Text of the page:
It was then resolved by Louis Cornbutte and his adherents not to wait, and to profit by the little strength which still remained to them. They determined to act the next night, and to kill these wretches, so as not to be killed by them.

The temperature rose a little. Louis Cornbutte ventured to go out with his gun in search of some game.

He proceeded some three miles from the ship, and often, deceived by the effects of the mirage and refraction, he went farther away than he intended. It was imprudent, for recent tracts of ferocious animals were to be seen. He did not wish, however, to return without some fresh meat, and continued on his route; but he then experienced a strange feeling, which turned his head. It was what is called “white vertigo.”

The reflection of the ice hillocks and fields affected him from head to foot, and it seemed to him that the dazzling colour penetrated him and caused an irresistible nausea. His eye was attacked. His sight became uncertain. He thought he should go mad with the glare. Without fully understanding this terrible effect, he advanced on his way, and soon put up a ptarmigan, which he eagerly pursued. The bird soon fell, and in order to reach it Louis leaped from an ice-block and fell heavily; for the leap was at least ten feet, and the refraction made him think it was only two. The vertigo then seized him, and, without knowing why, he began to call for help, though he had not been injured by the fall. The cold began to take him, and he rose with pain, urged by the sense of self-preservation.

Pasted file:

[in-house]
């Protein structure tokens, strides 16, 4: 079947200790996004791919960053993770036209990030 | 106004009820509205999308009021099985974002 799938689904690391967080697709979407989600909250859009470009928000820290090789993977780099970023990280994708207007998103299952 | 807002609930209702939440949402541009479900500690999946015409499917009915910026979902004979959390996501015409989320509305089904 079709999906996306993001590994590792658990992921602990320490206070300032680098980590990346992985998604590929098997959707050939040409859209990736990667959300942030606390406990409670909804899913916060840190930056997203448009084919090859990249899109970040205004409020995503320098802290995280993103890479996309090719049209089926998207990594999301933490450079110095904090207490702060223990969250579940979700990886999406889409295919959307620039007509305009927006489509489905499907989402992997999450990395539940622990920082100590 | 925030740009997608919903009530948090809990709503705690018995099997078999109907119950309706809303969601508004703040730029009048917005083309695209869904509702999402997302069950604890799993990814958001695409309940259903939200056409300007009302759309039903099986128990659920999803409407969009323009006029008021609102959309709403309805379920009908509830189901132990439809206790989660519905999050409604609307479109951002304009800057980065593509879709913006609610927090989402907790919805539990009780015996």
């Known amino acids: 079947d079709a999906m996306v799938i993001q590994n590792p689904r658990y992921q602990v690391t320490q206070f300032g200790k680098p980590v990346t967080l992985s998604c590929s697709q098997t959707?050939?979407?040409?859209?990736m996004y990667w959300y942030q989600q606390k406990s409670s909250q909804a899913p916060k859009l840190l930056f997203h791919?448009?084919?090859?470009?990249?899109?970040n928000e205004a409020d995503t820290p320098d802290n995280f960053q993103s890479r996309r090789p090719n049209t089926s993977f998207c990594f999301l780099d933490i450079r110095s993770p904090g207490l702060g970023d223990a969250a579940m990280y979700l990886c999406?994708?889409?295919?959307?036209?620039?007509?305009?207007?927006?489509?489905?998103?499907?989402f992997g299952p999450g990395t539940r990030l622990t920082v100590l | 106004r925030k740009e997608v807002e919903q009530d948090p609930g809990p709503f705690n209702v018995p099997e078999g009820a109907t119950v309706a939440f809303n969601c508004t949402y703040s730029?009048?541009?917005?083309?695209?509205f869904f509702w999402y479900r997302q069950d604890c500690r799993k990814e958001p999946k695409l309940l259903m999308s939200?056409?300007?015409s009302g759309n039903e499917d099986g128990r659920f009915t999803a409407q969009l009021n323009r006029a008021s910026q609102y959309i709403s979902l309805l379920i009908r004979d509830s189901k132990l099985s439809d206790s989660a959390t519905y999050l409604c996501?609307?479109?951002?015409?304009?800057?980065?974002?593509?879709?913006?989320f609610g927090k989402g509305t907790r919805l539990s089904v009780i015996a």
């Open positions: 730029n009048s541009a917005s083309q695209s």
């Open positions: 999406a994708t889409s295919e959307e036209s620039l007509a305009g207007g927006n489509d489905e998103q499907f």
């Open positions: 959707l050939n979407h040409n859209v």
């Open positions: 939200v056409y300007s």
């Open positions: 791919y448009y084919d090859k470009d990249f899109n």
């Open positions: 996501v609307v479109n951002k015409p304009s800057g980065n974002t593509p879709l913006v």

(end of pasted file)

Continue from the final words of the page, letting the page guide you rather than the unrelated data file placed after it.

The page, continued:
Suddenly, without being able to account for it, he smelt an odour of boiling fat. As the ship was between him and the wind, he supposed that this odour proceeded from her, and could not imagine why they should be cooking fat, this being a dangerous thing to do, as it was likely to attract the white bears.

Louis returned towards the ship, absorbed in reflections which soon inspired his excited mind with terror. It seemed to him as if colossal masses were moving on the horizon, and he asked himself if there was not another ice-quake. Several of these masses interposed themselves between him and the ship, and appeared to rise about its sides. He stopped to gaze at them more attentively, when to his horror he recognized a herd of gigantic bears.

These animals had been attracted by the odour of grease which had surprised Lonis. He sheltered himself behind a hillock, and counted three, which were scaling the blocks on which the “Jeune–Hardie” was resting.

Nothing led him to suppose that this danger was known in the interior of the ship, and a terrible anguish oppressed his heart. How resist these redoubtable enemies? Would André Vasling and his confederates unite with the rest on board in the common peril? Could Penellan and the others, half starved, benumbed with cold, resist these formidable animals, made wild by unassuaged hunger? Would they not be surprised by an unlooked-for attack?

Louis made these reflections rapidly. The bears had crossed the blocks, and were mounting to the assault of the ship. He might then quit the block which protected him; he went nearer, clinging to the ice, and could soon see the enormous animals tearing the tent with their paws, and leaping on the deck. He thought of firing his gun to give his comrades notice; but if these came up without arms, they would inevitably be torn in pieces, and nothing showed as yet that they were even aware of their new danger.